Though it has only been a month since Apple's last product launch, this week's top headlines were again buzzing with another big iOS unveiling. The question is whether the big news is all that big, in particular for CIOs.
The updates included Apple Pay's official launch date, the WatchKit for developers, rollouts of OS X Yosemite and iOS 8.1, its new iMac with Retina display, and a whole lot of numbers and pictures. There was plenty of fanfare. CEO Tim Cook and senior engineer Craig Federighi even managed to poke fun at Apple's recent iCloud security struggles -- with the help of none other than Stephen Colbert. But center stage was the second iteration of iPad Air and the new iPad Mini 3.
"The iPad is everywhere," Cook proclaimed at the event. "It's transforming the way we communicate." The communication part might be right, but the iPad's ubiquity rang a little hollow, given recent market reports.
While the iPad's share of the global market still leads those of Apple rivals Samsung and Lenovo by about 10% and 22%, respectively, its sales have actually declined about 9% year over year, according to research firm IDC. Plus, tablet shipments in general also look gloomy, Gartner reported: Shipments are up only 11% this year, dramatically down from the 55% increase between 2010 and 2013. As the New York Times' story on Apple's news noted, there are many possible reasons why iPad sales are lagging while its smartphone business thrives, including the consumer preference for both cheaper tablets and phablets, the smartphone-tablet hybrids that have rendered the tablet redundant for many users. And, surprise, surprise, it seems the PC is not dead yet.
But what about the iPad in the enterprise, you say? "The penetration is low, and the ceiling is so far above us it's unbelievable," Cook said. So is the glass is half-empty or half-full?
Earlier this summer we cautioned CIOs to hold off on equipping enterprise employees with tablets to replace PCs to do work: "Unless there is a compelling reason for workers to use the current versions of tablets, it won't happen," wrote SearchCIO's Emily McLaughlin. Apple hopes to change that through its partnership, announced last summer, with old rival IBM to offer enterprise software services. Chris Hazelton of 451 Research, among others, believes the partnership will bear fruit if the applications really do improve work productivity.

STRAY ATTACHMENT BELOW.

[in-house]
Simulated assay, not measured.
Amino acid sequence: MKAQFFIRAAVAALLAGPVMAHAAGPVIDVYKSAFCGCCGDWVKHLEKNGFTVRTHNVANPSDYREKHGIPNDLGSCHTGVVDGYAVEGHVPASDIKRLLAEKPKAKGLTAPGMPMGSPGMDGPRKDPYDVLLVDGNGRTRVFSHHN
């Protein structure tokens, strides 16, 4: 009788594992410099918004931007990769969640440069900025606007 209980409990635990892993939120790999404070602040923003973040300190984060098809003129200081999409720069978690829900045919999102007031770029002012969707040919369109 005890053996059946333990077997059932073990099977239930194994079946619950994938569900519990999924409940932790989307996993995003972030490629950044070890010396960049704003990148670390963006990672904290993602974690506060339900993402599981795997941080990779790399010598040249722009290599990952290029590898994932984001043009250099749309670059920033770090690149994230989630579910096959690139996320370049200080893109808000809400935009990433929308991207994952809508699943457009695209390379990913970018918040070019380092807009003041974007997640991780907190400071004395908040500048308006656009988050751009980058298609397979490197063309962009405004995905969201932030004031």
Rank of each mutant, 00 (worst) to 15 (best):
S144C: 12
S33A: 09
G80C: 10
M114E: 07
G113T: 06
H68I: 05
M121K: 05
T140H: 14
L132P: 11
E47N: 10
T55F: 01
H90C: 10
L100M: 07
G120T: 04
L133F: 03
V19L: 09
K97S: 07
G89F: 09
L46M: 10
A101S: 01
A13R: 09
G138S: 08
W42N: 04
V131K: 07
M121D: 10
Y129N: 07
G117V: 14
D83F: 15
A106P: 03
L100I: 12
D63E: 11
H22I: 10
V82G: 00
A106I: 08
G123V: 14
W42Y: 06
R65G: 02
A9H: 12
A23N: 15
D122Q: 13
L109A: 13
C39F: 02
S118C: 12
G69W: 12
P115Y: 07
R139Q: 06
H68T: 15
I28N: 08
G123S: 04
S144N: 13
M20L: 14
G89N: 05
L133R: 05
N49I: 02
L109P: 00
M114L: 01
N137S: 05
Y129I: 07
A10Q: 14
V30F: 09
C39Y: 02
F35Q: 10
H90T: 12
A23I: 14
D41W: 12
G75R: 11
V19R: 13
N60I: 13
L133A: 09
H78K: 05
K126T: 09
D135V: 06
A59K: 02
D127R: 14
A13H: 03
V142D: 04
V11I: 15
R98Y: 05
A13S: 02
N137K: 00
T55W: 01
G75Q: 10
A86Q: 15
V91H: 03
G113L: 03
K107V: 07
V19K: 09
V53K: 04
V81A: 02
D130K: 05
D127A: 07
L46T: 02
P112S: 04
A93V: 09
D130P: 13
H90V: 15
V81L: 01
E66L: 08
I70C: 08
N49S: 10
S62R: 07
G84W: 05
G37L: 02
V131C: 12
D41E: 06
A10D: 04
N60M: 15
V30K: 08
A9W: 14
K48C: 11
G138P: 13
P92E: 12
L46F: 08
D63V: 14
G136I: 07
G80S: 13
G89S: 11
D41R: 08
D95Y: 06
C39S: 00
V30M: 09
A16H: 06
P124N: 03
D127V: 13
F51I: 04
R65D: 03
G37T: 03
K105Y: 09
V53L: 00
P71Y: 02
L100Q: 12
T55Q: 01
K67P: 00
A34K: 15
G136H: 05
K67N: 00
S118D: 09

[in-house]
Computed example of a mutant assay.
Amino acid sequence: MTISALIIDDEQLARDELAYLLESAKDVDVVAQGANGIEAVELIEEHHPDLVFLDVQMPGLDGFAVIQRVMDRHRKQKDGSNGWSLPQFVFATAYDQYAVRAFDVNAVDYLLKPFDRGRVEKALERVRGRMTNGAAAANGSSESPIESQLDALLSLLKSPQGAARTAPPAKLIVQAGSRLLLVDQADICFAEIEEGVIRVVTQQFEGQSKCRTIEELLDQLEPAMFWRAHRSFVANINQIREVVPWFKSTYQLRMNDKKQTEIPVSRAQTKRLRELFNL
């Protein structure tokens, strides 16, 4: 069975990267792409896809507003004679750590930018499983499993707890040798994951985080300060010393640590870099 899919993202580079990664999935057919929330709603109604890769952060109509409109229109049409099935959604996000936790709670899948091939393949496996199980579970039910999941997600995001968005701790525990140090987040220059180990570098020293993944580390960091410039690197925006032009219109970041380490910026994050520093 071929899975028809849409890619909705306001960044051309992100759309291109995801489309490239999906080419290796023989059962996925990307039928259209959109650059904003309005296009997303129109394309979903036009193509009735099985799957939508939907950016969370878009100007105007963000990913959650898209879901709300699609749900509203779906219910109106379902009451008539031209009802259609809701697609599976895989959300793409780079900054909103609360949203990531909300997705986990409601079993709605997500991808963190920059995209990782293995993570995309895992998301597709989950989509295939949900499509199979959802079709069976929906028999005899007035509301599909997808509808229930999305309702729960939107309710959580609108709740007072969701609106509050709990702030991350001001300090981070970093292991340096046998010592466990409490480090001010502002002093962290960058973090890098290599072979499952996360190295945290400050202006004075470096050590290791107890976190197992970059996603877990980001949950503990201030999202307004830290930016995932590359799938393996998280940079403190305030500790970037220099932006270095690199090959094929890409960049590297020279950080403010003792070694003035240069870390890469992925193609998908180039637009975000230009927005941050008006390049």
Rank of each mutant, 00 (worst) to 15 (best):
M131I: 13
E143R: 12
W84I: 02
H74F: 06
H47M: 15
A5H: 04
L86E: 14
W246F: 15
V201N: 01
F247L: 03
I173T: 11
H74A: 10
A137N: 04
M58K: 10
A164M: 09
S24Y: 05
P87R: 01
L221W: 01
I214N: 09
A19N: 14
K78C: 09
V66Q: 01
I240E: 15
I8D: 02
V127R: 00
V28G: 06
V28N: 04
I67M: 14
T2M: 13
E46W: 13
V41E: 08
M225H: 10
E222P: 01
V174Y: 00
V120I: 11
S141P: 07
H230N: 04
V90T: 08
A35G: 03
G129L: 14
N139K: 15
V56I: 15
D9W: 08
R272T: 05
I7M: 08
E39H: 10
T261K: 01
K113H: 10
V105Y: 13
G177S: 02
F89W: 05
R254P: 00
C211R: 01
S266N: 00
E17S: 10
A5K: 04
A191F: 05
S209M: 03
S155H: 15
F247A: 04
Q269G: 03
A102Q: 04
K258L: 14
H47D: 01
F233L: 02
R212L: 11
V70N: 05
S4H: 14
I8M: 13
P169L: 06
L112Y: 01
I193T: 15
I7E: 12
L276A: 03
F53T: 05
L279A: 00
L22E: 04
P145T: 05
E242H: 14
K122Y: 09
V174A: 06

"The next kind of stage of innovation in this market is really going to be software-driven," said Hazelton to the Times.
Apple's new iPad Air will be thinner than a pencil, come equipped with a Touch ID fingerprint sensor and a faster processor, have a battery life of 10 hours and will be available in gold. That's pretty thrilling, but for enterprise use, sleek, fast and long-lasting is not enough.
CIO news roundup for week of Oct. 13
In other technology news:
- Google weighed in with its own announcement this week. It rolled out Lollipop, version 5 of its Android OS, complete with a striking new feature: an opt-in "kill switch" that lets users remotely wipe their phone if it falls into the wrong hands.
- Facebook and Apple have a controversial solution for female employees trying to balance career and family: egg freezing. Facebook started covering egg freezing expenses in January and Apple will follow suit next year. Outraged? This person contends it is not such a bad idea.
- Oops, false alarm: Dropbox stated on Monday that a hacker's claim of having stolen 7 million Dropbox accounts' information is false, saying that the usernames and passwords were obtained from unrelated services.
- Google, meanwhile, has discovered the POODLE bug, a vulnerability in SSL 3.0; the protocol, an ancient 18 years old, is still supported by almost all browsers, which fall back on it when connections fail. Read Google's blog post for its plans to address the matter.
- More and more coding boot camps are popping up across the nation, challenging traditional models of higher education while aiming to address the industry's acute need for programmers.